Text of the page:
Use this URL to cite or link to this record in EThOS: http://ethos.bl.uk/OrderDetails.do?uin=uk.bl.ethos.547504
Title: Characterisation of cytoplasmic uridyl transferases in yeast and human cells
Author: Schmidt, Marie-Joëlle
Awarding Body: University of Oxford
Current Institution: University of Oxford
Date of Award: 2011
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Abstract:
Regulation of gene expression by terminal addition of uridyl residues to RNA substrates has recently emerged as a widespread phenomenon in eukaryotes. Studies in organisms ranging from fission yeast to human cells have shown that uridylation of RNA 3' ends stimulates rapid RNA degradation. However, many questions regarding the specificity of the uridyl transferases, the broad range of their substrates and the consequences of their loss are still unanswered. In light of this, the uridyl transferases Cid1 in Schizosaccharomyces pombe and ZCCHC11 in human cells and their roles in the regulation of gene expression were further characterised in this study. To begin with, the biochemistry of the Cid1 protein complex responsible for uridylation in Schizosaccharomyces pombe was analysed in more detail by mass spectrometry and in vitro assays. These experiments provided insights into the modulation of Cid1 activity by accessory factors. Next, the role of the human uridyl transferase ZCCHC11 in the regulation of replication- dependent histone mRNAs was examined. Results showed that ZCCHC11 is required for efficient destabilisation of histone mRNAs following inhibition or completion of DNA replication. In agreement with this finding, cDNA sequencing experiments showed that ZCCHC11-mediated uridylation is particularly prevalent at the end of S phase. Finally, this thesis also explored the phenotype resulting from ZCCHC11 knock-down with respect to the human cell cycle. Depletion of ZCCHC11 led to the occurrence of DNA damage and activation of the DNA integrity checkpoint, which in turn resulted in cell cycle delay. Taken together, the data presented in this thesis extend current knowledge of the uridyl transferases and their actions in fission yeast and human cells and provide a link between RNA regulation and cell cycle control.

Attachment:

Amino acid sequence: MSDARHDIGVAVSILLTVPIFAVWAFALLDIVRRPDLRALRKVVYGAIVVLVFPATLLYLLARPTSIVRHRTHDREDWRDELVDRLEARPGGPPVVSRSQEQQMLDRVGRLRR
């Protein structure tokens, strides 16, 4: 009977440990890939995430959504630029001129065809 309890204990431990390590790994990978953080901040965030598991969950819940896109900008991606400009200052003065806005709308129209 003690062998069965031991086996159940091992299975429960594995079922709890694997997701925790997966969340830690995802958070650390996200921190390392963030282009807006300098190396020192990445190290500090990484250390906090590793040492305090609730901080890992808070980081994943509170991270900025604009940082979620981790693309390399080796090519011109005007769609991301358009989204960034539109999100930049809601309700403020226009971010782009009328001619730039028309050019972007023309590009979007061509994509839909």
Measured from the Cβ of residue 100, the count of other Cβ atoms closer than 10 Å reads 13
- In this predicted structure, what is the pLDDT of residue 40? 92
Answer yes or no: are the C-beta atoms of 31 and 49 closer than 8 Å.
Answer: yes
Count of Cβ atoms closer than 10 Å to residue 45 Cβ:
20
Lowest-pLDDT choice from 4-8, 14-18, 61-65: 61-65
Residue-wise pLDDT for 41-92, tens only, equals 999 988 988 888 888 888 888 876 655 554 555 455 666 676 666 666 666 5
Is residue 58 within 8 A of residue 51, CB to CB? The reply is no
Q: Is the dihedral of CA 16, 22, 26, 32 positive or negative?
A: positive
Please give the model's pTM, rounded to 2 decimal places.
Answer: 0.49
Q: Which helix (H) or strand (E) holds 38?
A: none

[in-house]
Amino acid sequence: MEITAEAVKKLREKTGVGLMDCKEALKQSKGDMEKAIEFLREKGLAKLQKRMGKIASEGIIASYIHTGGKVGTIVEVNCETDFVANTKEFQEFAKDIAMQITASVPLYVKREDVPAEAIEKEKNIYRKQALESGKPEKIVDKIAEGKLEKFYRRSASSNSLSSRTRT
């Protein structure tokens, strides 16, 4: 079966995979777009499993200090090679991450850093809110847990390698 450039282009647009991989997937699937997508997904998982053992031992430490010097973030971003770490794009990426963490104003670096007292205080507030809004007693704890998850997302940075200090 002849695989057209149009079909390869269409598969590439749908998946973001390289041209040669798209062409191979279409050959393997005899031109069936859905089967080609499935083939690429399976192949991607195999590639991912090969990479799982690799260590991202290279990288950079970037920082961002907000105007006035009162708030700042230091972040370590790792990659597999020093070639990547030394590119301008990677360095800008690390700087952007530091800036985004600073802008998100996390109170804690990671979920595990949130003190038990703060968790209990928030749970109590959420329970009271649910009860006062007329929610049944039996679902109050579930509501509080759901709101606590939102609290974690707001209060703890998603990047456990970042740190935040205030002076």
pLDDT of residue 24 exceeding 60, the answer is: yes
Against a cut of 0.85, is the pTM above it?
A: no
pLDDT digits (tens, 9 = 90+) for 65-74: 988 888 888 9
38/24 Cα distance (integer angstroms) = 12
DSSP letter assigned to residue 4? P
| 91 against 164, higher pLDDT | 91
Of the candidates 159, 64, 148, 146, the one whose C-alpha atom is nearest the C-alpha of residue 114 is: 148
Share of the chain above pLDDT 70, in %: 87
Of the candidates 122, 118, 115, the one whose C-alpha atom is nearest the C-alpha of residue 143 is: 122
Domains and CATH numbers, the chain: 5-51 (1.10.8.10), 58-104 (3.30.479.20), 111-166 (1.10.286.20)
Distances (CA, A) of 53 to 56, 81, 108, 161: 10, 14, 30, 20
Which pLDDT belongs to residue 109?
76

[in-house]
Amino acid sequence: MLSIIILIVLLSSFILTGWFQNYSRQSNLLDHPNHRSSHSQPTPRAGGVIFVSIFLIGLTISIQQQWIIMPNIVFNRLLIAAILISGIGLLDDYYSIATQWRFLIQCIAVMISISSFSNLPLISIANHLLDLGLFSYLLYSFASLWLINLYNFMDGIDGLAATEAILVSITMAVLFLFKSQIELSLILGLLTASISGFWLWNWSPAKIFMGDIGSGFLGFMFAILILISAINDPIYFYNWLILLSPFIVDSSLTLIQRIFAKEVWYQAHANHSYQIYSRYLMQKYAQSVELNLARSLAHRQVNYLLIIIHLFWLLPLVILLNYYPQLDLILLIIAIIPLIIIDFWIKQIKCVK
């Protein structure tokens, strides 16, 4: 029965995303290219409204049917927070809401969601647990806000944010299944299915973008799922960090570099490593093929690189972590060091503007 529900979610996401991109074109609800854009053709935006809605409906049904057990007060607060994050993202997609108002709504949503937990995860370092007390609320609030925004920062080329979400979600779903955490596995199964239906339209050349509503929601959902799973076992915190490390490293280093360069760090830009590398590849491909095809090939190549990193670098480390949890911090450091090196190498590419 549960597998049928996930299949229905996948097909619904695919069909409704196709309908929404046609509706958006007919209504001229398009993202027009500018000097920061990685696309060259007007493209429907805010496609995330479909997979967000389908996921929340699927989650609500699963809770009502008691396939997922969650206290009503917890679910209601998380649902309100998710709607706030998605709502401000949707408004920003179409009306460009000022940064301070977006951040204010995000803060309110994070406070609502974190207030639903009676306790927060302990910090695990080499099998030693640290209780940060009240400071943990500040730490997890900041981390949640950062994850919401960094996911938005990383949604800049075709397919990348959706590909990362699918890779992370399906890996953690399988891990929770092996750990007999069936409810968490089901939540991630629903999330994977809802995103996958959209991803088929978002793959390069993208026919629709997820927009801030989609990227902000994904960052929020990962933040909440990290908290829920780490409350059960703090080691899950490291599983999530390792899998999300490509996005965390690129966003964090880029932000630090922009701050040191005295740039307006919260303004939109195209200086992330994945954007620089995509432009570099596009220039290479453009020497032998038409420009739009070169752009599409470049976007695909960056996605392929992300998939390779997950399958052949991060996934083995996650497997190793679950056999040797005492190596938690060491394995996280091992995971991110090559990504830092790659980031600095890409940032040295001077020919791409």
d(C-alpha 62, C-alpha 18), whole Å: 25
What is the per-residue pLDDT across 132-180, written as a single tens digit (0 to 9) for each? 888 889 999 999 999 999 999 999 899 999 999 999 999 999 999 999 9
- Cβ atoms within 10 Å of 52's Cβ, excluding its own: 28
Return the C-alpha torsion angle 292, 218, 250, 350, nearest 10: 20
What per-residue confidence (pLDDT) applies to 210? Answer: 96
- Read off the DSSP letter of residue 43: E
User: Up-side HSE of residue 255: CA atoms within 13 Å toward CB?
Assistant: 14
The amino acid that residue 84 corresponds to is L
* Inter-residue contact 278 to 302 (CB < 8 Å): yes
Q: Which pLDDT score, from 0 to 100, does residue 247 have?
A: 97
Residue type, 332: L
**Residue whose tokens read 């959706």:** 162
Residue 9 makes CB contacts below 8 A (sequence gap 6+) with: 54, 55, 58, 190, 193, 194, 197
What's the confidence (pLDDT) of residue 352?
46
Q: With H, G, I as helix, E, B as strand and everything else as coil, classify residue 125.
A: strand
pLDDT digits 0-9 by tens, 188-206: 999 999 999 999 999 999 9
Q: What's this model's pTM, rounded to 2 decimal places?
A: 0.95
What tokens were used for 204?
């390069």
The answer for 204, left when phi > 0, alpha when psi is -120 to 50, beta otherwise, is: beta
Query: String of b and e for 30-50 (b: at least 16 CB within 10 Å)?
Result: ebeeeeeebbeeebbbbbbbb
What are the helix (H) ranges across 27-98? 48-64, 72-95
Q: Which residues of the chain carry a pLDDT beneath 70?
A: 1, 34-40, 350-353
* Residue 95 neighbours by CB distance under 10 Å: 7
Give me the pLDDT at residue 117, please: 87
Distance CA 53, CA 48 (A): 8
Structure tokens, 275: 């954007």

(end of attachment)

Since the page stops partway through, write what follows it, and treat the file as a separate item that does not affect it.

Supervisor: Norbury, Chris Sponsor: Not available
Qualification Name: Thesis (Ph.D.) Qualification Level: Doctoral
EThOS ID: uk.bl.ethos.547504  DOI: Not available
Keywords: Biology ; Cid1 ; uridylation ; cell cylce
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